Congresswoman Debbie Wasserman Schultz (FL-20) this week celebrated the passage of important breast cancer provisions included in the Patient Protection and Affordable Care Act (H.R. 3590 -- the health reform legislation). The new health care laws will save lives, money, and extends the life of Medicare.
The breast cancer provision in the bill was originally introduced as the EARLY Act (Breast Health Education and Awareness Requires Learning Young Act, H.R. 1740) by Reps. Wasserman Schultz and Sue Myrick (NC-9) in the House of Representatives in March 2009. Senators Amy Klobuchar (MN) and Olympia Snowe (ME) introduced a Senate version of the bill (S.994) in May 2009.
The legislation directs the Centers for Disease Control to develop and implement a national education campaign to increase awareness of the threats posed by breast cancer in young women of all ethnic and cultural backgrounds, and the particular heightened risks faced by certain groups.
When the Senate began to consider health care reform, Congresswoman Wasserman Schultz personally met with Senator Harry Reid about including SB 994 in the manager's amendment of the Patient Protection and Affordable Care Act. Sen. Reid shared her concerns about young women's lack of knowledge and awareness about their breast health, and made it clear that he would do everything he could to include these important provisions in the Senate health care reform bill. The EARLY Act was included in the Manager's Amendment to the Senate Health Care bill and passed the Senate and House as SEC. 10413 of the Patient Protection and Affordable Care Act (H.R. 3590). President Obama signed this bill into law on March 23, 2010.
I am delighted that the EARLY Act passed as part of this historic health reform, and I am grateful to Senator Reid for understanding the importance of breast cancer education. As we build a healthier America, we can now start to ensure that all young women have the tools and resources they need to practice good breast health and detect breast cancer early," said Rep. Wasserman Schultz (FL-20).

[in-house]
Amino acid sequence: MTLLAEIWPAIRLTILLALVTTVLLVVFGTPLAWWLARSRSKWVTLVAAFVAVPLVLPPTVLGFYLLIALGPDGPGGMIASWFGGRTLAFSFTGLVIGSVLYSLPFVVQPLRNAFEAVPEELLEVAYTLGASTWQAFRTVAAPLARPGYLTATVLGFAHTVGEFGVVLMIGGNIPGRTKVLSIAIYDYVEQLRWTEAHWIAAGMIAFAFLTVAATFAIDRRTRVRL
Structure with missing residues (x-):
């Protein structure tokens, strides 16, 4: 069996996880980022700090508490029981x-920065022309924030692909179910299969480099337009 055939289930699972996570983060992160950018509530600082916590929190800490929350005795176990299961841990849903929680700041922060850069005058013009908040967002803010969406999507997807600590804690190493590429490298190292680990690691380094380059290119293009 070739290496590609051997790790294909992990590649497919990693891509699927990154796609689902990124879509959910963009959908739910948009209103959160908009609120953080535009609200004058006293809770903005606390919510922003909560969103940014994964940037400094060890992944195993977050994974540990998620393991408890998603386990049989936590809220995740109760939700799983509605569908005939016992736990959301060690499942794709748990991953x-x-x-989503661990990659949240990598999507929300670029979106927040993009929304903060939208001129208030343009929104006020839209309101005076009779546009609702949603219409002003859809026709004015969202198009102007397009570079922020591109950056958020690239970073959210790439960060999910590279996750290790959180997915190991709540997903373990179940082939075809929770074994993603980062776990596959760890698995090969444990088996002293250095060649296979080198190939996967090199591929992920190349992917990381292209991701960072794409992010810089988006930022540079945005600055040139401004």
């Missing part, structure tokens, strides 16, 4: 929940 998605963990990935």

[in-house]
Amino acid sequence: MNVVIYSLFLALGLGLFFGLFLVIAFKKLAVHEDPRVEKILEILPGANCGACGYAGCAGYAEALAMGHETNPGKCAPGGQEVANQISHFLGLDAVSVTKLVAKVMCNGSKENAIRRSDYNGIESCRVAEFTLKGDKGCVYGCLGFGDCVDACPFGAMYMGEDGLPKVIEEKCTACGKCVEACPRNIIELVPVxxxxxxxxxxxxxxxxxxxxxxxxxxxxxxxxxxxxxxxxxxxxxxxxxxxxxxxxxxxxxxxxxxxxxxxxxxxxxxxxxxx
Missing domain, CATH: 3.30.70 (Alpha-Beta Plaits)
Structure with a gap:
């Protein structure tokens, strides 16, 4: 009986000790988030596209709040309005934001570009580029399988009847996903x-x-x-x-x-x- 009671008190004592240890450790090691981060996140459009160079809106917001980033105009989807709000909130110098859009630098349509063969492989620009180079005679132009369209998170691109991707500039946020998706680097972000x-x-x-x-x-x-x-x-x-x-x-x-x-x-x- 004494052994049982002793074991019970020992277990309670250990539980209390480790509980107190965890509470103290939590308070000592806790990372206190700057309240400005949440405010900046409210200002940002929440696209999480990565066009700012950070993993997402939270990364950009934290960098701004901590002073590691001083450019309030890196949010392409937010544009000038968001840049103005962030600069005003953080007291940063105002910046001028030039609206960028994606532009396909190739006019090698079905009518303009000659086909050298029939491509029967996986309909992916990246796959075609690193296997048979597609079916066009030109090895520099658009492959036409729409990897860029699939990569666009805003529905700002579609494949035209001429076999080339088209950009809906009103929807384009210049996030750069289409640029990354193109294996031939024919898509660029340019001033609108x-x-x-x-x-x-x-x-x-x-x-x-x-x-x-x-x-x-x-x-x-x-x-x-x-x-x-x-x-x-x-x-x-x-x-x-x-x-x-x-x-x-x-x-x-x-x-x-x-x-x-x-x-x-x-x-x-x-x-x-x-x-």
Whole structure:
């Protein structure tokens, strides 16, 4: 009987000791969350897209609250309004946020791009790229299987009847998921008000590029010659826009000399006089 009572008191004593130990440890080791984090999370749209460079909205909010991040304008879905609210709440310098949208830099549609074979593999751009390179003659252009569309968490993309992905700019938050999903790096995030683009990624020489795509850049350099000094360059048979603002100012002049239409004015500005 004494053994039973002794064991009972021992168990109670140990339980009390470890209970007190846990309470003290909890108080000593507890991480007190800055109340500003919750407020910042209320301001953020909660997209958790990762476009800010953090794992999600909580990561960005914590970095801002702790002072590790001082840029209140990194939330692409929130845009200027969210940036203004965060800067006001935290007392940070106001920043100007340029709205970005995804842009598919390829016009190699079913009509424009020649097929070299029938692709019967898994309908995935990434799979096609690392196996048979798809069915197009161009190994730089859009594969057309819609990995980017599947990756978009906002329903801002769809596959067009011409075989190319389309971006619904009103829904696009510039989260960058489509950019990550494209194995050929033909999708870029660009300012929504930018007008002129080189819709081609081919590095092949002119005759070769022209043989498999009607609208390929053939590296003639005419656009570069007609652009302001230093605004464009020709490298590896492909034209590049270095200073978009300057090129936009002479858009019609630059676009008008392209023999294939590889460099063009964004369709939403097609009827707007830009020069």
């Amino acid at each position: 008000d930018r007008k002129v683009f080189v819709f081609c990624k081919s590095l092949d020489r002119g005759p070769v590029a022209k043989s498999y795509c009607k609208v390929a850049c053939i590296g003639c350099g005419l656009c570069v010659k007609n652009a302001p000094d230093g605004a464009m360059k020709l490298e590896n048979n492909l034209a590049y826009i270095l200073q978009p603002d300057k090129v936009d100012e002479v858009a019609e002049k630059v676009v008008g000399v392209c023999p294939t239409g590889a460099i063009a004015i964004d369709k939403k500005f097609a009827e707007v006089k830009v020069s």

I know that as a breast cancer survivor, I would not have found my cancer early without knowledge and awareness," said Rep. Wasserman Schultz. "To combat breast cancer we need to ensure that every young woman in America can rely upon education and awareness, not simply luck.
Breast cancer is the leading cause of cancer death in young women ages 20 to 45, according to the American Cancer Society. In 2009 alone, the American Cancer Society estimates that there will be more than 25,000 new cases of breast cancer in women younger than 45 and approximately eight of these young women will die from the disease each day.
The EARLY Act legislation has the support of more than 40 advocacy organizations, including the Susan G. Komen for the Cure Advocacy Alliance, the Young Survival Coalition and the American Cancer Society Cancer Action Network.